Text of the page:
The neurologist and epileptologist at the Mayo Clinic in Jacksonville spoke about how to best identify adult patients in need of routine EEG and what it will bring to the table relative to the clinician.
"A routine EEG is the foundation, it’s not necessarily the final answer."
At the American Epilepsy Society’s (AES) annual meeting held in New Orleans, Louisiana, several experts presented on topics that provided attendees with practical knowledge to advance day-to-day practice. One such presentation was given by William Tatum, DO, neurologist and epileptologist at the Mayo Clinic in Jacksonville.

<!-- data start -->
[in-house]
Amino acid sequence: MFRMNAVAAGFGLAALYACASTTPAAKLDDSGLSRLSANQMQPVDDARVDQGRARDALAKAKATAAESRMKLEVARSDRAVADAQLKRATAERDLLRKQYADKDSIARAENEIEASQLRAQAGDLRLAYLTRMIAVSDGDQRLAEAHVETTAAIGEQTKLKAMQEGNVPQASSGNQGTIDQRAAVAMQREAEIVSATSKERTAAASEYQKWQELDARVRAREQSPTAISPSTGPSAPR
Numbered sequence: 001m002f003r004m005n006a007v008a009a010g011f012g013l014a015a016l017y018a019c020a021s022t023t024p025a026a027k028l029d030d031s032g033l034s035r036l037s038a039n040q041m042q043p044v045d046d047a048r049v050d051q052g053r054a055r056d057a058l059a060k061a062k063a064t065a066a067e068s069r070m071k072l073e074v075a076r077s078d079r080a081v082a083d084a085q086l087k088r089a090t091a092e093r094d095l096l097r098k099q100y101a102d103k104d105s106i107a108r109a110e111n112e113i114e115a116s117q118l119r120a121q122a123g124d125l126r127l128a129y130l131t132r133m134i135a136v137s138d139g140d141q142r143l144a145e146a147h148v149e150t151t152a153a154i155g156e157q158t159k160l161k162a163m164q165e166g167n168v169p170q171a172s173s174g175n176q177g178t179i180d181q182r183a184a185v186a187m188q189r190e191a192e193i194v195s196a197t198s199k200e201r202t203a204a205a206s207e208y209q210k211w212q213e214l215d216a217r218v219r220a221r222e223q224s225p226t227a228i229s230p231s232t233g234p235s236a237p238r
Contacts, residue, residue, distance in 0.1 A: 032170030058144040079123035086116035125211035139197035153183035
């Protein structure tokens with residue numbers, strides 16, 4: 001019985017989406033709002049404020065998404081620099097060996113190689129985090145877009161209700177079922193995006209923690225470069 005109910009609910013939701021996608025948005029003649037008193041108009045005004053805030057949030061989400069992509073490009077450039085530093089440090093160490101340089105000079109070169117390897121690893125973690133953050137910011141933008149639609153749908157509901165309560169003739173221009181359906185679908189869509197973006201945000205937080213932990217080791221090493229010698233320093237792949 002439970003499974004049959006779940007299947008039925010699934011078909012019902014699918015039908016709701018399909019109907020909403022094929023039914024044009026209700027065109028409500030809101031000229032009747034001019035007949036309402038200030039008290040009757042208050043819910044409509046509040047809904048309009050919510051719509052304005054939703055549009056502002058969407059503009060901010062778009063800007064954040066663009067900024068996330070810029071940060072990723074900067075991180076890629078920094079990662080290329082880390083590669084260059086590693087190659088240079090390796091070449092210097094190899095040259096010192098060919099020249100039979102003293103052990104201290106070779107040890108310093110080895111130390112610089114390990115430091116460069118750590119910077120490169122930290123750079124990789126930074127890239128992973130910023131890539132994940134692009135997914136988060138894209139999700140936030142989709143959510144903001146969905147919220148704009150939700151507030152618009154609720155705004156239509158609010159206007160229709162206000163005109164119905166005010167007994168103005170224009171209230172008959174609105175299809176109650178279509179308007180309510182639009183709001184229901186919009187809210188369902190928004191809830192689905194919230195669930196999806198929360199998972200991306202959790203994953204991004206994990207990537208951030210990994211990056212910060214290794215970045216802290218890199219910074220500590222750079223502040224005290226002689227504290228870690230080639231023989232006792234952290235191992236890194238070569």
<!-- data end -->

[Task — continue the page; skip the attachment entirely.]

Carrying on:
Tatum addressed the question, when should we obtain a routine EEG while managing an adult with epilepsy? As EEG remains an essential diagnostic tool for people with epilepsy, Tatum explained that the question of when has to do with high yield situations like seizures, epilepsy, and spells when clinically suspect, and low yield situations such as headache or situations where an individual has established epilepsy. Tatum concluded that a routine EEG is the foundation and not necessarily the final answer.
NeurologyLive sat down at AES with Tatum to gain additional insight on when best to perform a routine EEG.